A teenage Jewish girl in Nazi-occupied Amsterdam joins the Resistance and hides out with her parents in this debut novel.
This story’s prologue, set in July 1942, reveals that Rachel Klein—raised to be “a polite Jewish doctor’s daughter”—delivers papers and messages for the Dutch Resistance, and she is almost caught. Returning to May and June 1940, as the Nazis are invading the Netherlands, the tale traces the fortunes of Rachel and her family. Her father is optimistic and doesn’t want to leave his practice; her more radical mother wants to escape to England but won’t leave her husband. As the Nazi occupation settles in, people try to live normally and hope for the best while increasingly draconian restrictions are put upon Jews, which develop into violence, roundups, and disturbing tales of work camps. Rachel and Michiel Drogt, a Christian university student, fall in love, but he chooses to go underground and fight the Nazis. Seeing the Nazis in action, Rachel agrees with his decision. She’s recruited by the Resistance and begins her perilous assignments, finding courage in performing her duties. After the near capture of the prologue, Rachel determines to get herself and her parents into hiding despite their reluctance, which she manages in August 1942. For nearly nine long months they live crammed into a cellar. The family must relocate to a safer refuge, but Nazis are on their scent and closing in. In her well-researched novel, Fillmore vividly portrays Amsterdam, Rachel, and her family. Of special interest is Rachel’s Resistance work: the details of the missions and how she handles the dangers. The author sees the complications in people and situations; though Rachel is heroic, for example, she’s also partly motivated by daydreams of her valor being acknowledged. Similarly, Fillmore doesn’t disguise the squalid conditions of the family’s cramped hiding place. At the same time, her poetic language displays Rachel’s sensibility nicely: her “longing for Michiel was still a low ache like a cello’s part in an orchestra—faint but nearly ever-present, beautiful and painful.” A bibliography and discussion questions are included.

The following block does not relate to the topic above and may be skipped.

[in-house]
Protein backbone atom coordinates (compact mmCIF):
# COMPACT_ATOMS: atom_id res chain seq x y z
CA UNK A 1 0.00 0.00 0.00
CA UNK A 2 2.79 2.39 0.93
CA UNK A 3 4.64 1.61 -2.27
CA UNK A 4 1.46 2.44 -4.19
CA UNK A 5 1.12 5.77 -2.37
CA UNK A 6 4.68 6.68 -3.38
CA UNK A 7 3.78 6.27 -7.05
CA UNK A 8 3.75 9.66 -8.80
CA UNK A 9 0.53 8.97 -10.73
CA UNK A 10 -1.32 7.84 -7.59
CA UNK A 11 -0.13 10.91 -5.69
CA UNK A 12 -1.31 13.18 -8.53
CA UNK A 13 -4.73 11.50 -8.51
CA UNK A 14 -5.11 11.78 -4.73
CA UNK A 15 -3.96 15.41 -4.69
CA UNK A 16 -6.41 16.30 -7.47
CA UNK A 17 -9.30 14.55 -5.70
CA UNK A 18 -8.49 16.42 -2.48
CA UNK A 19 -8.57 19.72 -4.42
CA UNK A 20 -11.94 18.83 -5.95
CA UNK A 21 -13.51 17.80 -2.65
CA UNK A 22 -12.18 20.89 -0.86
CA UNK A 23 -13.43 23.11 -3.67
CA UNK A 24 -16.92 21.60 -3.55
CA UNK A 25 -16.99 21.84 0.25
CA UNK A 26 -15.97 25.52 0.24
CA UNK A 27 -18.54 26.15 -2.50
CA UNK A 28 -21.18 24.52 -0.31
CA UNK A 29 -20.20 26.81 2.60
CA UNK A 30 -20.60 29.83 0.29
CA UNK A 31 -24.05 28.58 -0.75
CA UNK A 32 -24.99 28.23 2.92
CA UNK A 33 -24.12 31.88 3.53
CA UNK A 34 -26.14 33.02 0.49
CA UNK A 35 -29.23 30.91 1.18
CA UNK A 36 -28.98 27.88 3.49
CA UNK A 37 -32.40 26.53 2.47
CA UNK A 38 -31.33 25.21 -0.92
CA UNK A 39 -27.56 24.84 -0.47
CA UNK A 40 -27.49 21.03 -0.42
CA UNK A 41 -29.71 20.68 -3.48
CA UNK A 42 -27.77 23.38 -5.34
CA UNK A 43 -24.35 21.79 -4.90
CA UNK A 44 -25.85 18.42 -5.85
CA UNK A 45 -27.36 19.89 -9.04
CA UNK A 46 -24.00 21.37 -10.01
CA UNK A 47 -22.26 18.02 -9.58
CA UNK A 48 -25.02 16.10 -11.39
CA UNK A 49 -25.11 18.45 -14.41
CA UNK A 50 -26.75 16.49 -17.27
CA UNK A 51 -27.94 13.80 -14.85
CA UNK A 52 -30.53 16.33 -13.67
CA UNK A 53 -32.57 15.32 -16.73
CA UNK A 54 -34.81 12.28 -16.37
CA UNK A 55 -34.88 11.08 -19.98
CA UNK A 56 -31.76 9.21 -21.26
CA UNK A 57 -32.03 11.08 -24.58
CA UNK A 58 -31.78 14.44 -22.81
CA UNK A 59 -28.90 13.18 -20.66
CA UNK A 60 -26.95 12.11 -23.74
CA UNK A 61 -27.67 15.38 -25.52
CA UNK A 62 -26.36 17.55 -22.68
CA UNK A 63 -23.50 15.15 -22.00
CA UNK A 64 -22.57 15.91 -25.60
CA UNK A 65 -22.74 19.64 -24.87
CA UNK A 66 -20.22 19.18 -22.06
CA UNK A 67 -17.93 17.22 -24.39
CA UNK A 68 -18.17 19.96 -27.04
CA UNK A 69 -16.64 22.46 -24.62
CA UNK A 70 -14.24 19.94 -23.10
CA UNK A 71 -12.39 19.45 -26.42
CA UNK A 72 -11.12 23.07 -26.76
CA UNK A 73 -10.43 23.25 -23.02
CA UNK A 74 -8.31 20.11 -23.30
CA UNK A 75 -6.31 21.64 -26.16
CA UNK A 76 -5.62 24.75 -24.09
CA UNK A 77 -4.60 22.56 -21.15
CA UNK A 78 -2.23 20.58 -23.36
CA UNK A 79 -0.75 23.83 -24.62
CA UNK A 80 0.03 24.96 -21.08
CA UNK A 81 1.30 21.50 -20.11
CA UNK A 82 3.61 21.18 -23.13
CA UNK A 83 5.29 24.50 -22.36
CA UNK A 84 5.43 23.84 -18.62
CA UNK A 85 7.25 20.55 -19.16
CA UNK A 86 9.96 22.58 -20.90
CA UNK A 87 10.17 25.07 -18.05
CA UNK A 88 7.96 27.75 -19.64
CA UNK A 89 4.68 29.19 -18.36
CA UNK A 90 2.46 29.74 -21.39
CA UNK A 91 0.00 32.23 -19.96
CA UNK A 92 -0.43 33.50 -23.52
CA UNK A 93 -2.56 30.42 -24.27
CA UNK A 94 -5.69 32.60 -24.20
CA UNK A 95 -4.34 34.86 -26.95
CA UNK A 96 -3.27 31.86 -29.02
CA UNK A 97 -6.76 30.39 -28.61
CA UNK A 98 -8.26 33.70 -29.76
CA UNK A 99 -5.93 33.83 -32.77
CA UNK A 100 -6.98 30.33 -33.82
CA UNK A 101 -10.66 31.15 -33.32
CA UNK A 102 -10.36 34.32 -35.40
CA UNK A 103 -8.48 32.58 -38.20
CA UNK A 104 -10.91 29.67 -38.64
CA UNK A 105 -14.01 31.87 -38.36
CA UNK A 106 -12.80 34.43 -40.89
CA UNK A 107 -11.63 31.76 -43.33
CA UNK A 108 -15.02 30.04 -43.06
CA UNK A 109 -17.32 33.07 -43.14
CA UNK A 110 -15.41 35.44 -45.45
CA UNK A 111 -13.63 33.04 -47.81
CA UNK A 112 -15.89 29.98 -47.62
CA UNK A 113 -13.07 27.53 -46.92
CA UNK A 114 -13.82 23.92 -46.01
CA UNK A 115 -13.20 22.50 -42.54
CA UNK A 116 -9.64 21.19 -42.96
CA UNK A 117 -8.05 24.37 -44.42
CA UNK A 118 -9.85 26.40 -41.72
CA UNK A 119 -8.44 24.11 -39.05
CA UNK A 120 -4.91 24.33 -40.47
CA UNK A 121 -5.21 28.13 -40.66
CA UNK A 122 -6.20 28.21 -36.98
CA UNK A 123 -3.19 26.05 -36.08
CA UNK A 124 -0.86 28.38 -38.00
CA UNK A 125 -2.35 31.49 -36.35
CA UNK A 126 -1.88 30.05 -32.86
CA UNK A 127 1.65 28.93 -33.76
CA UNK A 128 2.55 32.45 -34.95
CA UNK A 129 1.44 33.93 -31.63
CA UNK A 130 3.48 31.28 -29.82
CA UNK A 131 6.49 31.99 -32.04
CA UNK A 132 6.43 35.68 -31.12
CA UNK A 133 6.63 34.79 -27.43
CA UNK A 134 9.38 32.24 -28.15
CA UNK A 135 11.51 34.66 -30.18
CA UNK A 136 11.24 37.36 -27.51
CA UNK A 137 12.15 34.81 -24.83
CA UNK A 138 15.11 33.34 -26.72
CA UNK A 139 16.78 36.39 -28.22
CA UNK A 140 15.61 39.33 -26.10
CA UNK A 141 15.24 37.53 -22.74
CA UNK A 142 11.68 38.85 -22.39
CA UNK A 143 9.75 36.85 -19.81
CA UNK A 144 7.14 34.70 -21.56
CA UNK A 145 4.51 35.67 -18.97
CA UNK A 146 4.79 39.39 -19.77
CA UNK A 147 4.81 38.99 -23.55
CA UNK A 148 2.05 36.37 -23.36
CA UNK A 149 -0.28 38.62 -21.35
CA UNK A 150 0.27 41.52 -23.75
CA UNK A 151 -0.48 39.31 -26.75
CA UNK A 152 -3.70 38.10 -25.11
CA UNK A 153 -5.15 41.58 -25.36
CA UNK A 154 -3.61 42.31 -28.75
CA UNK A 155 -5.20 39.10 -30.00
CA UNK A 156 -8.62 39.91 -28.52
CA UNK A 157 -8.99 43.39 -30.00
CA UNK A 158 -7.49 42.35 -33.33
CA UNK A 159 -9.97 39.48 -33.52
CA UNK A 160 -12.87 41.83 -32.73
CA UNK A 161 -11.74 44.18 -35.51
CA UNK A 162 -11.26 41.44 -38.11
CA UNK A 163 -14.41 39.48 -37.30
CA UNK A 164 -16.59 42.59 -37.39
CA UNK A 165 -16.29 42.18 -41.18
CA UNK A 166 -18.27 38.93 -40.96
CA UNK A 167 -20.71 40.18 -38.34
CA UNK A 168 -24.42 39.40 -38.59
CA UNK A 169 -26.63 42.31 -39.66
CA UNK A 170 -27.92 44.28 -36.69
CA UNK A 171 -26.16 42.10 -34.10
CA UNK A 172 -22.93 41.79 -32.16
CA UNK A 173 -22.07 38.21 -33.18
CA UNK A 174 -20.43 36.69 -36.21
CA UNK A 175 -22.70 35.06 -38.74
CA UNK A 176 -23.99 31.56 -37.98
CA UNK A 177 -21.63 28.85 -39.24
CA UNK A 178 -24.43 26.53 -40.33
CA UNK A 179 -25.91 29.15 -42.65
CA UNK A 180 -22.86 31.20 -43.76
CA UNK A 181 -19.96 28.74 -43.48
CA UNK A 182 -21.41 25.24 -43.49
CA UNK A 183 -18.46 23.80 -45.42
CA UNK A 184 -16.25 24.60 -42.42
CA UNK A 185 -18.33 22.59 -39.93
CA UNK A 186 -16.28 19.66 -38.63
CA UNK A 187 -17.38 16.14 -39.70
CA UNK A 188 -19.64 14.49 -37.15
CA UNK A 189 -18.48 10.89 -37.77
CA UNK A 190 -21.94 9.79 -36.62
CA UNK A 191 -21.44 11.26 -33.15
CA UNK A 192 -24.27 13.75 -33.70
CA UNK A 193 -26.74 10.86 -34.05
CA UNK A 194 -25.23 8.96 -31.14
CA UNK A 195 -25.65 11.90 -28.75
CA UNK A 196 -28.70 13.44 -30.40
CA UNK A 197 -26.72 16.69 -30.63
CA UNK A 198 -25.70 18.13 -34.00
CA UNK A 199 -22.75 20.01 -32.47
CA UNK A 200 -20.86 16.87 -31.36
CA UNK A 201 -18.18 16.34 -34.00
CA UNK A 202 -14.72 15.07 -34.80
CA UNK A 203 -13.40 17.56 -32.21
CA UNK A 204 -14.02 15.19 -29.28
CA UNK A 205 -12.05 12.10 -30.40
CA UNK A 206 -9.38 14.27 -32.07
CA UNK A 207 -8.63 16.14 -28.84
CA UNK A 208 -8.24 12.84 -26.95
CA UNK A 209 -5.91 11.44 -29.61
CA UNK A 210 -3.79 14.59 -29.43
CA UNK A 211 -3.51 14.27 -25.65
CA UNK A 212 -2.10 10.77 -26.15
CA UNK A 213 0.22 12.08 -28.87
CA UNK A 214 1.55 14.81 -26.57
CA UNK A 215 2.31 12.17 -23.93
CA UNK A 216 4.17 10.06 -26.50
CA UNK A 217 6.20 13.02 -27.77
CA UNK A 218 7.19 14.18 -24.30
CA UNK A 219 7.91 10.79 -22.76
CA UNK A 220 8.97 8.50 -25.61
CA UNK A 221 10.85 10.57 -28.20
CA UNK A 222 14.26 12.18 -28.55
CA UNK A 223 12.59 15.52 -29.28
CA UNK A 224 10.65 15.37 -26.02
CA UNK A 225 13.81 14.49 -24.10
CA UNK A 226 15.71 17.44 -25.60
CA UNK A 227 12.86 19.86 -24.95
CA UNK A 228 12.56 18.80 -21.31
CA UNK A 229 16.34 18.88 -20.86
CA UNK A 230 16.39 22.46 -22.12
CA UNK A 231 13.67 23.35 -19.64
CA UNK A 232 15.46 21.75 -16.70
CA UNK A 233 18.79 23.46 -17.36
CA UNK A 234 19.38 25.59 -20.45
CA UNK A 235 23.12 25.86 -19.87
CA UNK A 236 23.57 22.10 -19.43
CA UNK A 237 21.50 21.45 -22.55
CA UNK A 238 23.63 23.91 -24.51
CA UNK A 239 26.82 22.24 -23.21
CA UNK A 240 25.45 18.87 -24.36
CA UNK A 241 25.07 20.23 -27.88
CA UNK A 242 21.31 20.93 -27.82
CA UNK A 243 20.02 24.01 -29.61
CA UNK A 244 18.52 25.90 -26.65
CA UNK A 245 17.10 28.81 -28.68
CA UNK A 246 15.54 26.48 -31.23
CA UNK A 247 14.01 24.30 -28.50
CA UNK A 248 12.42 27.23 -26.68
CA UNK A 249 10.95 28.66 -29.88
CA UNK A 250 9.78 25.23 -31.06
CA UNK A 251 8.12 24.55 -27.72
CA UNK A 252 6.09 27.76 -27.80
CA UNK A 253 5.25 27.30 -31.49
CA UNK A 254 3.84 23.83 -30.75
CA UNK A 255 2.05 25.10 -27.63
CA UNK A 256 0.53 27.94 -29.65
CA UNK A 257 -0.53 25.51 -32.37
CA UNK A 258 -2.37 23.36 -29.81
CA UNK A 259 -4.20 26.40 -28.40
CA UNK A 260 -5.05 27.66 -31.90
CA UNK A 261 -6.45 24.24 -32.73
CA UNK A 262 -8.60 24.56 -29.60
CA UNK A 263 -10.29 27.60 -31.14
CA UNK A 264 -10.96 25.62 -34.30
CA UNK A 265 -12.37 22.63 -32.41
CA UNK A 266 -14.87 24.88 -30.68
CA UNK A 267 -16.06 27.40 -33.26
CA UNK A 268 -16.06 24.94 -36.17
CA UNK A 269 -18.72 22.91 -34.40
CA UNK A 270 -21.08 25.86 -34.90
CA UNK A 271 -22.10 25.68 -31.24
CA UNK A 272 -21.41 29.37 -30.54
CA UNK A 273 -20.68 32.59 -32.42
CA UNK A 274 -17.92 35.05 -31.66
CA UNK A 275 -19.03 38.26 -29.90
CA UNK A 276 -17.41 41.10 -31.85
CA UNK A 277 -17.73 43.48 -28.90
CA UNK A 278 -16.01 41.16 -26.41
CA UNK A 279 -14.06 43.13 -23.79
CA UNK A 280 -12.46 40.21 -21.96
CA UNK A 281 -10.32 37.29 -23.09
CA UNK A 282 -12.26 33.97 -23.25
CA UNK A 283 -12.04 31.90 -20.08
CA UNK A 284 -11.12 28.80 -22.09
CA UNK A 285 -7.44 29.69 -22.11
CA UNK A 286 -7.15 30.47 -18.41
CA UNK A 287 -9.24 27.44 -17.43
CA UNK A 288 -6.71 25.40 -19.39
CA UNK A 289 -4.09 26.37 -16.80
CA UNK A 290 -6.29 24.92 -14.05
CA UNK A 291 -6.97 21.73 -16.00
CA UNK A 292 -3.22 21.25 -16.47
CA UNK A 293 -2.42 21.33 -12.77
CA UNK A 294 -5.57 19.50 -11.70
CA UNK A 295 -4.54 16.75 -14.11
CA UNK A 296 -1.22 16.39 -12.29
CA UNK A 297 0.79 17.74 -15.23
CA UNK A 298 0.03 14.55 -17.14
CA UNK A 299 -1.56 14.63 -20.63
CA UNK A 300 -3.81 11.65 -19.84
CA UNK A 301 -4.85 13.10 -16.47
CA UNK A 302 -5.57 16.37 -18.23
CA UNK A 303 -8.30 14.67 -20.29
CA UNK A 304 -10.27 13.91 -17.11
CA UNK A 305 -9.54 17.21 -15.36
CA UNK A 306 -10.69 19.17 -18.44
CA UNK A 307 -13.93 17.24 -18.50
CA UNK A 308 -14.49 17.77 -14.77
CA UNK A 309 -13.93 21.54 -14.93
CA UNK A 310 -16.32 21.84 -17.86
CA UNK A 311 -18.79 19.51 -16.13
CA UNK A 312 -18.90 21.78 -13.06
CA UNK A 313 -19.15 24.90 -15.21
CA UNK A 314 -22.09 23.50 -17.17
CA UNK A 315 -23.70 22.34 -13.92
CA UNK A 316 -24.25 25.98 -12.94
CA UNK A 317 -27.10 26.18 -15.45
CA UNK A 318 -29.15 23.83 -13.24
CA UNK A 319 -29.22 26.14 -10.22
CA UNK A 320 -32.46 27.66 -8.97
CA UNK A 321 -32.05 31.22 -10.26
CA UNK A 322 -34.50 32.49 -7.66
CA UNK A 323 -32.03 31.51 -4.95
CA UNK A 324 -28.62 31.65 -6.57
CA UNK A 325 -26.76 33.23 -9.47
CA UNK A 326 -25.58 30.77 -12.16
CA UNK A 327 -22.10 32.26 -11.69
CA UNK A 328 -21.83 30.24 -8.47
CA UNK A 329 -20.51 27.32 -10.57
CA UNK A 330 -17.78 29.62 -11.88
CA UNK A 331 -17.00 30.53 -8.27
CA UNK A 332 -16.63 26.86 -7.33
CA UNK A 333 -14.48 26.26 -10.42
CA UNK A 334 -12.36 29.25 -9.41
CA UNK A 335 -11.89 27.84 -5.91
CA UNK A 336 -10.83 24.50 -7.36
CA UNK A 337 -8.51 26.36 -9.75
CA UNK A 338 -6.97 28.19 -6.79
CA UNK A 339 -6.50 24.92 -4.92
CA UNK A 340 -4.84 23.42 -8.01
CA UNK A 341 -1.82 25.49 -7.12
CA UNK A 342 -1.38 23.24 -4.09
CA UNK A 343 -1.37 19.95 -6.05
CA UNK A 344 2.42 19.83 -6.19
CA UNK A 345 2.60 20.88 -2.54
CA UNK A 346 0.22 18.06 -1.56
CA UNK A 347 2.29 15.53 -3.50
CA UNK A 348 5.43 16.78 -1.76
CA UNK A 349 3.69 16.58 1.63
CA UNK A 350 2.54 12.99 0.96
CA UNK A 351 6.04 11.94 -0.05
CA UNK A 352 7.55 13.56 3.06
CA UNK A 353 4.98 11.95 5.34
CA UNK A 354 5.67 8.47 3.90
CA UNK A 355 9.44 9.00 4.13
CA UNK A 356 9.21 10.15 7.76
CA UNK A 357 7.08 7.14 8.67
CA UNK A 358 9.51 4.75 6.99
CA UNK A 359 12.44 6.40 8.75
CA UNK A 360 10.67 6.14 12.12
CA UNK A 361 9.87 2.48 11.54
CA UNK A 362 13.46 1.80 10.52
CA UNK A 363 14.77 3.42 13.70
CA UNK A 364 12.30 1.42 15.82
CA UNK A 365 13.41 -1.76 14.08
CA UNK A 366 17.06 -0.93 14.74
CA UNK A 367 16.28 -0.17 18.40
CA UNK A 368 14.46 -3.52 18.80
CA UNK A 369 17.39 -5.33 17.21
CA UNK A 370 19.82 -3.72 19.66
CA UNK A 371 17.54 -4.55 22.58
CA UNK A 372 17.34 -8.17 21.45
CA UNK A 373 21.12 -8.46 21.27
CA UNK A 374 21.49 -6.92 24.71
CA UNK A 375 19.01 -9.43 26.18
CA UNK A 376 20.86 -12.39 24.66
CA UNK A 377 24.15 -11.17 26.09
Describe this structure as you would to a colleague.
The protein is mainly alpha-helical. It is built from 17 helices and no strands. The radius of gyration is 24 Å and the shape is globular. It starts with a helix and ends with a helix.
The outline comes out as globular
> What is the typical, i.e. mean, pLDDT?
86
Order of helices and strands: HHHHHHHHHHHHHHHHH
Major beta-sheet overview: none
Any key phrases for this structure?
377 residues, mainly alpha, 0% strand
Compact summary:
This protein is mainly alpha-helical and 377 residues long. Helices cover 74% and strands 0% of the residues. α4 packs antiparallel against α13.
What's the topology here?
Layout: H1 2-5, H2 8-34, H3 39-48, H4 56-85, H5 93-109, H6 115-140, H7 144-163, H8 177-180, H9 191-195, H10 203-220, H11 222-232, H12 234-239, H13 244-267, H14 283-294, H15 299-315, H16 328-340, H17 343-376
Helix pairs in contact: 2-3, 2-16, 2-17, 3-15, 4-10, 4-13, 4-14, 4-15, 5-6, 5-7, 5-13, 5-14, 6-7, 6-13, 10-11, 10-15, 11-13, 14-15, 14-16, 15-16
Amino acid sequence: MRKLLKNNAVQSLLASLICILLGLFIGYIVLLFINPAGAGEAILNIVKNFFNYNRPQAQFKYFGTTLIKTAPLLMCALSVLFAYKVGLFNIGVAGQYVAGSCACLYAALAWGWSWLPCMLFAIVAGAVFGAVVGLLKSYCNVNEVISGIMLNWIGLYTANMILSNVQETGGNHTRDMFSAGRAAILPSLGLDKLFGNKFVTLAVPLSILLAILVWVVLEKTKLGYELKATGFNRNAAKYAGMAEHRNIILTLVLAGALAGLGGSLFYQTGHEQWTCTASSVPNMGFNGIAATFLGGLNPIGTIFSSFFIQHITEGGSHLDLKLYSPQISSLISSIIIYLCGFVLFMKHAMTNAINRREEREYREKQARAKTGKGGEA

An intense tale that gives the tragedies of history a Dutch dwelling and a family name.